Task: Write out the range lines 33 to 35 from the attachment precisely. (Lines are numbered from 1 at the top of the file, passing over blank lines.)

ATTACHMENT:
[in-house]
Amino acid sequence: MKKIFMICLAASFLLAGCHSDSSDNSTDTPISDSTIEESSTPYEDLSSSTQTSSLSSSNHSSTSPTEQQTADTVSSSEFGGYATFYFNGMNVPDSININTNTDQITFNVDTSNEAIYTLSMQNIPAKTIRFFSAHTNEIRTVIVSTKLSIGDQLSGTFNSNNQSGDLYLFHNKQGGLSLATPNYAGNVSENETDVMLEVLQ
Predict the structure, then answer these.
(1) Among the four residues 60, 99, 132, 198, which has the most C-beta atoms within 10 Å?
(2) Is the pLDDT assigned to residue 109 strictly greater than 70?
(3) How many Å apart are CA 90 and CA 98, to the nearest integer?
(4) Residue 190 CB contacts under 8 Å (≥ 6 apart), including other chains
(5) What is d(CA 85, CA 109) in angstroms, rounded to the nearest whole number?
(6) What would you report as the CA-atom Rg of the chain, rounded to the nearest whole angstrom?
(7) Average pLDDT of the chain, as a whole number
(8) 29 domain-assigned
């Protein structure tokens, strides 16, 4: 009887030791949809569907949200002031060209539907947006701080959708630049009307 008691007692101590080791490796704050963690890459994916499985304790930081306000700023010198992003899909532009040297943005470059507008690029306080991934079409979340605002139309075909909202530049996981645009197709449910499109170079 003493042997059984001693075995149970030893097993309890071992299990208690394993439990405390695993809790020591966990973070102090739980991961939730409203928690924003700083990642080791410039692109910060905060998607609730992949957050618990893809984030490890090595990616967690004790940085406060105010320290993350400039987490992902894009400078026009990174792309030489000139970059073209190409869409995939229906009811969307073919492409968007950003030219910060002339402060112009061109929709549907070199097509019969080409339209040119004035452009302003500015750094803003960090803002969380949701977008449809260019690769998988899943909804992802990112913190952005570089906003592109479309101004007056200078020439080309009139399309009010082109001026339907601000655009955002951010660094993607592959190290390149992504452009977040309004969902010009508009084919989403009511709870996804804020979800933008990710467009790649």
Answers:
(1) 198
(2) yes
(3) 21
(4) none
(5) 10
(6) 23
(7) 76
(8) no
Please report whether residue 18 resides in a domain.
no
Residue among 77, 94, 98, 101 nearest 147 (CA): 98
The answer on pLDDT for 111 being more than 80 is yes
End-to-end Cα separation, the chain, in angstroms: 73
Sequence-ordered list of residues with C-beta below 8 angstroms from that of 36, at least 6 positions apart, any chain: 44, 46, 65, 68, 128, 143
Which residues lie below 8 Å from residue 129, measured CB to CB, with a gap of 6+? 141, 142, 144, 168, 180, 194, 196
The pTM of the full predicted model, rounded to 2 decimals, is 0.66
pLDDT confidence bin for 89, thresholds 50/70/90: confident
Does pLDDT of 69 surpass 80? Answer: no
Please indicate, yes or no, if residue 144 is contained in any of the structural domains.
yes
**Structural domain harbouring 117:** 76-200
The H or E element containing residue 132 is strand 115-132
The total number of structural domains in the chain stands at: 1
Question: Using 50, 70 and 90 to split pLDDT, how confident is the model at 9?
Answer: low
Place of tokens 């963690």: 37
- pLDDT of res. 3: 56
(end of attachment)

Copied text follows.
yes
**Structural domain harbouring 117:** 76-200
The H or E element containing residue 132 is strand 115-132